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Console Makers, Apple Publicly Oppose Tariffs

Nintendo Switch. (Image credit: Tom's Hardware)

More technology giants are coming out against the latest round of tariffs against Chinese goods proposed by President Donald Trump and his administration. Apple has filed a public comment, and there's also a joint comment between Microsoft, Nintendo and Sony Interactive Entertainment.

In the console makers' joint letter, it specifies that 96% of video game consoles imported to the United States in 2018 were from China and suggest that moving supply chains would increase costs, above and beyond inflated prices from tariffs.

"A change in even a single supplier must be vetted carefully to mitigate risks of product quality, unreliability and consumer safety issues," the letter reads. Tariffs would significantly disrupt our companies’ businesses and add significant costs that would depress sales of video game consoles and the games and services that drive the profitability of this market segment."

The letter also argues that a lack of new consoles sold would hurt developers by selling fewer games.

Apple's letter argues that he proposed tariffs would affect all of the company's hardware, including the Mac, iPad, iPhone, AirPods, Apple TV and the parts within them. It's less detailed than the joint letter opposing the tariffs on laptops and tablets from Microsoft, Intel, Dell and HP, but makes one major argument that is similar: Chinese producers don't sell as much in the U.S., so those companies won't suffer in the same way from the tariffs as American electronics manufacturers.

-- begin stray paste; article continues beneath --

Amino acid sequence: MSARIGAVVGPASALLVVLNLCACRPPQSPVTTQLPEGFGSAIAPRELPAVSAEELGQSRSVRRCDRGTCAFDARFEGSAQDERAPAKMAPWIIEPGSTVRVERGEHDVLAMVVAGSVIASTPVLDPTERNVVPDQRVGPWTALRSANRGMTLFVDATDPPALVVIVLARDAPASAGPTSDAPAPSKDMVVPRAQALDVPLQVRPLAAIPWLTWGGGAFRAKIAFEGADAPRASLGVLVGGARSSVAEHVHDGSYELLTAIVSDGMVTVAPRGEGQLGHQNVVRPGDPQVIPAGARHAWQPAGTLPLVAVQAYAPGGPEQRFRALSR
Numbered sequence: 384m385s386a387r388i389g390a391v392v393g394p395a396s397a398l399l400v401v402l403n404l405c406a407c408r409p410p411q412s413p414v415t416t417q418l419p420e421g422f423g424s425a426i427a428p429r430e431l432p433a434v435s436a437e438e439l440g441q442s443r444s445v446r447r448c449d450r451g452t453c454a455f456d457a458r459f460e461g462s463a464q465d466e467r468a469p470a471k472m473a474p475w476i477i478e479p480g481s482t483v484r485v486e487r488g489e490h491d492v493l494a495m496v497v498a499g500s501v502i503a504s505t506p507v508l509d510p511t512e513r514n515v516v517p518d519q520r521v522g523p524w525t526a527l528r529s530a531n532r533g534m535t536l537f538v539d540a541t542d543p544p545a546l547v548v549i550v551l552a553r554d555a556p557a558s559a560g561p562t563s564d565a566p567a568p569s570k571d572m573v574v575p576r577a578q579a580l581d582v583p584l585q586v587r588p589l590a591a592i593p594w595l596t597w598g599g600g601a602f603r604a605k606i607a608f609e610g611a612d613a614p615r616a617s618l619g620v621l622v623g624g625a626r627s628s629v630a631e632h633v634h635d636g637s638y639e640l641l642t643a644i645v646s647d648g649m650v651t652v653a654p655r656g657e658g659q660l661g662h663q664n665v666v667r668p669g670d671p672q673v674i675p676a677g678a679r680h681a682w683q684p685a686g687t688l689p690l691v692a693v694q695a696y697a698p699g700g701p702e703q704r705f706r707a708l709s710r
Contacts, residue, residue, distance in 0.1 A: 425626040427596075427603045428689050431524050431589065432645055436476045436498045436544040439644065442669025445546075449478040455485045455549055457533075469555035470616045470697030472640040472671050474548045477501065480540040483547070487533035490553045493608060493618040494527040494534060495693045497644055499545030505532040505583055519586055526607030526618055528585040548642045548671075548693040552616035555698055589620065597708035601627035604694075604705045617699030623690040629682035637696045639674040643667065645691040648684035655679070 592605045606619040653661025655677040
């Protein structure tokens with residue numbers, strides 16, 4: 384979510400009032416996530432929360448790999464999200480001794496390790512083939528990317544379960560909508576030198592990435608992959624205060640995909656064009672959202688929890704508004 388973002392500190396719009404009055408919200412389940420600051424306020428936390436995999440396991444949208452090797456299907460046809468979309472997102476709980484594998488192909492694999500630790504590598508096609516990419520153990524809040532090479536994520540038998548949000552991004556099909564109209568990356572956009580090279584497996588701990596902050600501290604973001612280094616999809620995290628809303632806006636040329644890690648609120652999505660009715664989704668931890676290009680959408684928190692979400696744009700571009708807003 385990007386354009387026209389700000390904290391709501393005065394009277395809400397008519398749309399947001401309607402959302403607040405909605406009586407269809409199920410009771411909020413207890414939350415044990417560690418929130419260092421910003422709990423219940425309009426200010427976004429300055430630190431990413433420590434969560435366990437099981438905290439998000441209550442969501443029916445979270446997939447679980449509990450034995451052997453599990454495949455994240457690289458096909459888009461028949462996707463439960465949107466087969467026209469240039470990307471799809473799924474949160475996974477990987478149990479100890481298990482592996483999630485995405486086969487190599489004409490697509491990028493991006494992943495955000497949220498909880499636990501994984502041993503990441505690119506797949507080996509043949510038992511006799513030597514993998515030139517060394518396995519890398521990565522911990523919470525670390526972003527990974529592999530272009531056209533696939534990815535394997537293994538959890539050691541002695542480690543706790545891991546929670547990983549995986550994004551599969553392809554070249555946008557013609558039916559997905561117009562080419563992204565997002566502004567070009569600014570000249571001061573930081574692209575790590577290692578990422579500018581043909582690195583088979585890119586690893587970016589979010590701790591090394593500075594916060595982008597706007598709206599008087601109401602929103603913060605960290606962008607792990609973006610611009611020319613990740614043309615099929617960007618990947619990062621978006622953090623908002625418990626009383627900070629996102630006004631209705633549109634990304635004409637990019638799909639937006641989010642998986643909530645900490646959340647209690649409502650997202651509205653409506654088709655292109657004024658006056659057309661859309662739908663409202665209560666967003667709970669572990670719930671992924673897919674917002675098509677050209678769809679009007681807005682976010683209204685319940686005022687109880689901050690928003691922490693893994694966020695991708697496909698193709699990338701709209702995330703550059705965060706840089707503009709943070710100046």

Additionally, Apple highlighted its role as "the largest corporate taxpayer to the U.S. Treasury" and suggested that the impacts could affect its economic contributions to the country.

Andrew E. Freedman

Andrew E. Freedman is a senior editor at Tom's Hardware focusing on laptops, desktops and gaming. He also keeps up with the latest news. A lover of all things gaming and tech, his previous work has shown up in Tom's Guide, Laptop Mag, Kotaku, PCMag and Complex. among others. Follow him on Twitter: @FreedmanAE